Wait a second - that’s not completely abnormal! While trying to get up, I have this idea to develop some technique that could convert my mass into energy so I could travel with the speed of light, reach my sister’s place and convert myself back into matter.
Let me start with an explanation of the famous E = mc2 thing. It says that the total energy of a body at rest is equal to the product of its rest mass m and a suitable conversion factor to transform from units of mass to units of energy. In other words, this equation says that matter and energy are convertible. This conversion actually happens! Nuclear fission is a nuclear reaction in which the nucleus of an atom splits into lighter nuclei often producing free neutrons and protons (in the form of gamma rays). Such splitting of an atom releases an incredible amount of heat and gamma radiation, or radiation made of high-energy photons. The two atoms that result from the fission later release beta radiation (super fast electrons) and gamma radiation of their own as well. The energy released by a single fission comes from the fact that the fission products and the neutrons, together, weigh less than the original U-235 atom. The difference in weight is converted directly to energy at a rate governed by the equation E = mc2. Practically of course, in a nuclear fission reaction, 7% of the matter is converted into energy.
Conversely, in the phenomenon of pair production, two gamma rays give an electron-positron pair essentially converting energy into mass. It refers to the creation of an elementary particle and its antiparticle, usually from a photon (or another neutral boson). This is allowed, provided there is enough energy available to create the pair – at least the total rest mass energy of the two particles and that the situation allows both energy and momentum to be conserved.
When we talk about converting energy into matter we cannot just create matter out of energy. There are various laws of conservation that have to be followed. Whenever we try to convert energy into matter, it gives a matter and anti-matter pair which immediately combines back to energy. So it takes a huge amount of energy to keep them from combining.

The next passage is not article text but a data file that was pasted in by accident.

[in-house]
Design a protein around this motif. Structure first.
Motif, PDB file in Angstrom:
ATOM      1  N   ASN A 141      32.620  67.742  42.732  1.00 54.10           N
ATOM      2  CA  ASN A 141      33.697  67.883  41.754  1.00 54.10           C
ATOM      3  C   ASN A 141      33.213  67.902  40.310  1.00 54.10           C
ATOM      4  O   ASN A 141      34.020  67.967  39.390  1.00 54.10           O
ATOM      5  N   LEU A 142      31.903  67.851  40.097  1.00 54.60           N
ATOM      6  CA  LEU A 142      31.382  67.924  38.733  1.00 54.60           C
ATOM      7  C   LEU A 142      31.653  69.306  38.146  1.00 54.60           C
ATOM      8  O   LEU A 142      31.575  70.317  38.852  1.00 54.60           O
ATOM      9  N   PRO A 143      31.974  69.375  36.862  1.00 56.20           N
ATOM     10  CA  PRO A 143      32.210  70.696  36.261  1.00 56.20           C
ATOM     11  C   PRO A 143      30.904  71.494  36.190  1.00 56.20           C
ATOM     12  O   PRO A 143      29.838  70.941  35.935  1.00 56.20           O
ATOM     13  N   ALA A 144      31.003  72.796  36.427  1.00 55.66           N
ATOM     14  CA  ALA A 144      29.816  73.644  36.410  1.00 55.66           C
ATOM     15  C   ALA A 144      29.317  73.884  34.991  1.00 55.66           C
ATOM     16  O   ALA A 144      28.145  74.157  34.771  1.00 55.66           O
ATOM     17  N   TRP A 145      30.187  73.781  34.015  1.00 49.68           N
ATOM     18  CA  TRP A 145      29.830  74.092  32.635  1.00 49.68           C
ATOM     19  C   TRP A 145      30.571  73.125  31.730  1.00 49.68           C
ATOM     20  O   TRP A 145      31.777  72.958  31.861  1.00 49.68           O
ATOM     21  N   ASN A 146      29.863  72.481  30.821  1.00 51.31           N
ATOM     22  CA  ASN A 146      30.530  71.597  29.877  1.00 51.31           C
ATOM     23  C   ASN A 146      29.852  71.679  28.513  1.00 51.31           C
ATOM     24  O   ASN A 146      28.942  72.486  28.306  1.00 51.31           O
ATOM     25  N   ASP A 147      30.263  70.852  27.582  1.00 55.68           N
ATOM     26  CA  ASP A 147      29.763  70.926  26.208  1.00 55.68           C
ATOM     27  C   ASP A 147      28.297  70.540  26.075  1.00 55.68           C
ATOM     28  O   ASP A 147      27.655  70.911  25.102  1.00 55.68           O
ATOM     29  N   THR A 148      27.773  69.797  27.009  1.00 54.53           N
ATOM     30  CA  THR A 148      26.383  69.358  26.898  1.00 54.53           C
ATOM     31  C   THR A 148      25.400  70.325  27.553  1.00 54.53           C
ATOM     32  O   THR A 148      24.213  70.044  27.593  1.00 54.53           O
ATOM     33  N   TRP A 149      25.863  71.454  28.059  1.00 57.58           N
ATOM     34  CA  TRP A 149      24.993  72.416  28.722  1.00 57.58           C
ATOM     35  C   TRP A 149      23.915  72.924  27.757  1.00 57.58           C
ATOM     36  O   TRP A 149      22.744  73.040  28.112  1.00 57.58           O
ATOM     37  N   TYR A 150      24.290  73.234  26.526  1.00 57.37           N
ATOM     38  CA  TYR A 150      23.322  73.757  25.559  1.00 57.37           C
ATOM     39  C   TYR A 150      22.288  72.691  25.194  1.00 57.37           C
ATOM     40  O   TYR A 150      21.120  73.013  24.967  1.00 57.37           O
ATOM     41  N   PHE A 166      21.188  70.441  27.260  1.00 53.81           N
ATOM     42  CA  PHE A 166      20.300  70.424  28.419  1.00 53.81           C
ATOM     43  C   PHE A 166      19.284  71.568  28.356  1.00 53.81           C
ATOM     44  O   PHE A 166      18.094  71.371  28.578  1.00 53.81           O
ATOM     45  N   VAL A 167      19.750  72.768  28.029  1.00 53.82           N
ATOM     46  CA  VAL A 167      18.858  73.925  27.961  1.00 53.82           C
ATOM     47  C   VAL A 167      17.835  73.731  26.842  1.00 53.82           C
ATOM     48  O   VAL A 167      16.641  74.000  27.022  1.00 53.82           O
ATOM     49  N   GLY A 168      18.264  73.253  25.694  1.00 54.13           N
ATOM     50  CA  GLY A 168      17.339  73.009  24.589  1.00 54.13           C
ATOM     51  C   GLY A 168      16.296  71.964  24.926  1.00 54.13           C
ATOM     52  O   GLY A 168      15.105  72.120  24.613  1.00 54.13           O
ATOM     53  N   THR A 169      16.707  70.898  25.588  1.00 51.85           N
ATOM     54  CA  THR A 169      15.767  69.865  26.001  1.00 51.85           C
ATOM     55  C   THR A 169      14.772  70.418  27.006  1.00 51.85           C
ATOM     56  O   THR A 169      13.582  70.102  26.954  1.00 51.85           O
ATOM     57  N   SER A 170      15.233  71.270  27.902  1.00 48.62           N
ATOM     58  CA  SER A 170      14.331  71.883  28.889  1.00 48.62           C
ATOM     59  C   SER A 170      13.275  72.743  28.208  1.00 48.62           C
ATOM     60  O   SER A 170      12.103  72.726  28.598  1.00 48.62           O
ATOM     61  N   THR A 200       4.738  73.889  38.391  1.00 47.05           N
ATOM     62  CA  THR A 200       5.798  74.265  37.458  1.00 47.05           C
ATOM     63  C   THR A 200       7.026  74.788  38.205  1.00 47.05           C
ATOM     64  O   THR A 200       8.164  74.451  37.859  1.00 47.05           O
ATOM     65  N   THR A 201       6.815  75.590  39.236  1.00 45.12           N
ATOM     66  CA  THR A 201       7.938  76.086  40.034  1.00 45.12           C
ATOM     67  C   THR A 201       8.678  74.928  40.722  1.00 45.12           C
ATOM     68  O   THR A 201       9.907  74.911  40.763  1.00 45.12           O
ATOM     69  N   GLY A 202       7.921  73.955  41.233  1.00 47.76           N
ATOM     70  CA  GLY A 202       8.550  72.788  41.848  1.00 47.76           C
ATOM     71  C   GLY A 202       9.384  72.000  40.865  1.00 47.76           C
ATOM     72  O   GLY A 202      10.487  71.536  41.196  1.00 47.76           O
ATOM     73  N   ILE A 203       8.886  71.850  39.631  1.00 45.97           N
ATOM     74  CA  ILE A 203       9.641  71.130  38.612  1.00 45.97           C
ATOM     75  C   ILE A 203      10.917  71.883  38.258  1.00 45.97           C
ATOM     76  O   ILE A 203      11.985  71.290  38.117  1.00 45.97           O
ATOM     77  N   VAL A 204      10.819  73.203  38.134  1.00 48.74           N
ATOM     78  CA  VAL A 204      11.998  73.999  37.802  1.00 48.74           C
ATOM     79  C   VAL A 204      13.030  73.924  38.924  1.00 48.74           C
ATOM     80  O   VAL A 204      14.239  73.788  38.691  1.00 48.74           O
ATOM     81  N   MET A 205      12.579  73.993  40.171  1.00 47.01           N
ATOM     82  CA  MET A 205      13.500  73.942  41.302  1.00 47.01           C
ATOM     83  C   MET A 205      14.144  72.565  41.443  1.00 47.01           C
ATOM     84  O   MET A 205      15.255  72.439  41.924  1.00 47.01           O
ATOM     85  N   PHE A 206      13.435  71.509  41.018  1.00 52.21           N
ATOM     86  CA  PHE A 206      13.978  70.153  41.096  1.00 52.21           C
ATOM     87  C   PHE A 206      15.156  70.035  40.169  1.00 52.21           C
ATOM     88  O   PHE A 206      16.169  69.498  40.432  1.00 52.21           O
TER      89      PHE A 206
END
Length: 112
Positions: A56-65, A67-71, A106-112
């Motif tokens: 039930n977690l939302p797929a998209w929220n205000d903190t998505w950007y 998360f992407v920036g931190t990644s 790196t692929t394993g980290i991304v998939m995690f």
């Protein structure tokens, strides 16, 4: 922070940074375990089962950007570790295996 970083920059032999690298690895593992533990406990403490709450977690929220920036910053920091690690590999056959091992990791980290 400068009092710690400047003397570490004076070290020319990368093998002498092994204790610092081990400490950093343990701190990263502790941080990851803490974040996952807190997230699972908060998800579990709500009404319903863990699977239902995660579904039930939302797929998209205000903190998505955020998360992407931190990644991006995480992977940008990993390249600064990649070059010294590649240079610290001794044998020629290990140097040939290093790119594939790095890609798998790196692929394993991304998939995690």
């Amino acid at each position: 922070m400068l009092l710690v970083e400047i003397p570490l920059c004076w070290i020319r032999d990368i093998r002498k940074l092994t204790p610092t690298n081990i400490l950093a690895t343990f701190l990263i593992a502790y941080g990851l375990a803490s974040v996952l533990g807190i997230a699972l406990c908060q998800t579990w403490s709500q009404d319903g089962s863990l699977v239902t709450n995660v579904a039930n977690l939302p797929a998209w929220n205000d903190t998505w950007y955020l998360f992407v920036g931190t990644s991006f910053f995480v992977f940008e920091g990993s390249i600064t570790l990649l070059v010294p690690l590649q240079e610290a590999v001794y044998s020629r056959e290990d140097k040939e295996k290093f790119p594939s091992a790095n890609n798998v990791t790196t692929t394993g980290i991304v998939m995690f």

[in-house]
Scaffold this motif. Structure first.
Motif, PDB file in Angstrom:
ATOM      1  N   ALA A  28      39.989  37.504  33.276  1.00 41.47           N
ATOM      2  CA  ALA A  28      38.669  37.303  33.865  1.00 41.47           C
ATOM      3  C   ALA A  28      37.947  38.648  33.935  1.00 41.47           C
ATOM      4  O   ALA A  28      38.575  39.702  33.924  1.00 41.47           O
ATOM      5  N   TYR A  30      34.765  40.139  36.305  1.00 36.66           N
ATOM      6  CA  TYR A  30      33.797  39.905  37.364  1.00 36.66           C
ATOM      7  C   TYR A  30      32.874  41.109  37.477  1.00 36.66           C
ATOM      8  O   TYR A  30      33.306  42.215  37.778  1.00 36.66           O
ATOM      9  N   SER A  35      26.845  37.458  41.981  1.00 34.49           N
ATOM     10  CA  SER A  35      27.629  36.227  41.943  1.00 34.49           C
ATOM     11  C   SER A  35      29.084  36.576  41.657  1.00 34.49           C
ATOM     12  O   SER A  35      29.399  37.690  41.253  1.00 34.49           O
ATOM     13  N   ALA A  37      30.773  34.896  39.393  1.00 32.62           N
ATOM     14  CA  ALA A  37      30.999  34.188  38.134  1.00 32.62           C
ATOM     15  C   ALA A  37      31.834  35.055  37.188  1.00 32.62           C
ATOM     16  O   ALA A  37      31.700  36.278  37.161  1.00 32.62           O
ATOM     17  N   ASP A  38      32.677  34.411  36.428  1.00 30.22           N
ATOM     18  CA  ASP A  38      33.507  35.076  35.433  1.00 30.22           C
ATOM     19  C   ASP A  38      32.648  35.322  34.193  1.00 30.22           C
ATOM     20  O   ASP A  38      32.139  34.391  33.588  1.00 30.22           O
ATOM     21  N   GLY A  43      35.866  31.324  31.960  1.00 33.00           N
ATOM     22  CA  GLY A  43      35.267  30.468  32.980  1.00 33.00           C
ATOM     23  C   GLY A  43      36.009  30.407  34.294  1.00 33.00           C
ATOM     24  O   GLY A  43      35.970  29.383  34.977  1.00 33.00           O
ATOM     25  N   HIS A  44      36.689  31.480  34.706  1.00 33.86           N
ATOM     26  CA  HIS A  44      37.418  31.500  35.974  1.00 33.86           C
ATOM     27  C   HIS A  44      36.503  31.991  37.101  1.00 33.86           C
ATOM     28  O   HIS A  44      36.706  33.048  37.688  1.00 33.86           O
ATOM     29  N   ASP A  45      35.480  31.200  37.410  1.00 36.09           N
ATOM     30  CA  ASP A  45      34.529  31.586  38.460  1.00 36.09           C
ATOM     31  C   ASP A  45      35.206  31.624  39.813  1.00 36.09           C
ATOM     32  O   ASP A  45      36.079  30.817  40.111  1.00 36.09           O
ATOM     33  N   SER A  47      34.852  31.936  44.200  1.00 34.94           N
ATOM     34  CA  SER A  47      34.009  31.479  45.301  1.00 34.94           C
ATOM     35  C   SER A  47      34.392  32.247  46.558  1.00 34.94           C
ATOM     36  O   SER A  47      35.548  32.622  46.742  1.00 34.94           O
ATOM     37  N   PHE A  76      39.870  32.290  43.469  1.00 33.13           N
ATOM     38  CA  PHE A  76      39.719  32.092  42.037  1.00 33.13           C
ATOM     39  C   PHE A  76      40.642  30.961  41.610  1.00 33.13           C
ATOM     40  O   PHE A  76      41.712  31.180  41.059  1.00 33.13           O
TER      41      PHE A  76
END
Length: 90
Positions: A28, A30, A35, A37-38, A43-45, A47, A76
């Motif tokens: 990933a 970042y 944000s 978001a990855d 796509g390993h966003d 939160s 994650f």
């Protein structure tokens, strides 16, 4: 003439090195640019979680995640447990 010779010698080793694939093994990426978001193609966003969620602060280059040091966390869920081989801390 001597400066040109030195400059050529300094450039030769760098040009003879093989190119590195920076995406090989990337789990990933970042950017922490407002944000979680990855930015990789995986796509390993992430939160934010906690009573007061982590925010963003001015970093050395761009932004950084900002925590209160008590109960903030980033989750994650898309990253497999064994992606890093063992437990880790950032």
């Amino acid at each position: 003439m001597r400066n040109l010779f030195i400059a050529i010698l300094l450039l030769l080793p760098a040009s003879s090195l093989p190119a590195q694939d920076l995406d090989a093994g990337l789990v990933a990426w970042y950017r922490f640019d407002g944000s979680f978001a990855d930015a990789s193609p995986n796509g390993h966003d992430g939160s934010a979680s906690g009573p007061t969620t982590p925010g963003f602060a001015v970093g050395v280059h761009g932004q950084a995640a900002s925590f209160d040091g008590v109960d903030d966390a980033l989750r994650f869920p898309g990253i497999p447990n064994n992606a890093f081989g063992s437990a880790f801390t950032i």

In the LHC at CERN, high speed protons are colliding to produce energy just as it happened before the existence of the universe. Protons are racing around a 27-kilometer ring at nearly the speed of light colliding billions of times per second. If we get the results of that experiment, that would be an insight to many phenomenon of the early universe and will explain a great deal about the mass-energy conversion thing. It would take 300 thousand times the age of the Universe for the LHC to produce one kilogram of mass. Still, it does produce mass from energy! The problem is that the mass particles that are produced decay into smaller components which in turn decay into smaller ones until all that remains are stable particles such as those that constitute the atoms of matter we see all around – protons and neutrons - only dispersed. We can also count neutrinos and electrons, but those are much less massive than protons and neutrons.
Once we convert matter into energy, the matter is destroyed. And it becomes highly improbable to recollect that energy and convert it back into matter anti-matter pair. With these facts and taking into account all the experimental and technical difficulties, it becomes extremely ridiculous to think that some day we would actually convert ourselves into energy and control ourselves then.
So yes, we will have to wait till we can govern some system to convert effectively all our particles into energy and more importantly devise some plan to preserve that energy, making it unique, transport it and reconvert it back into matter whenever we want. Let’s just take comfort in the fact that many great inventions start from ideas that arise from laziness!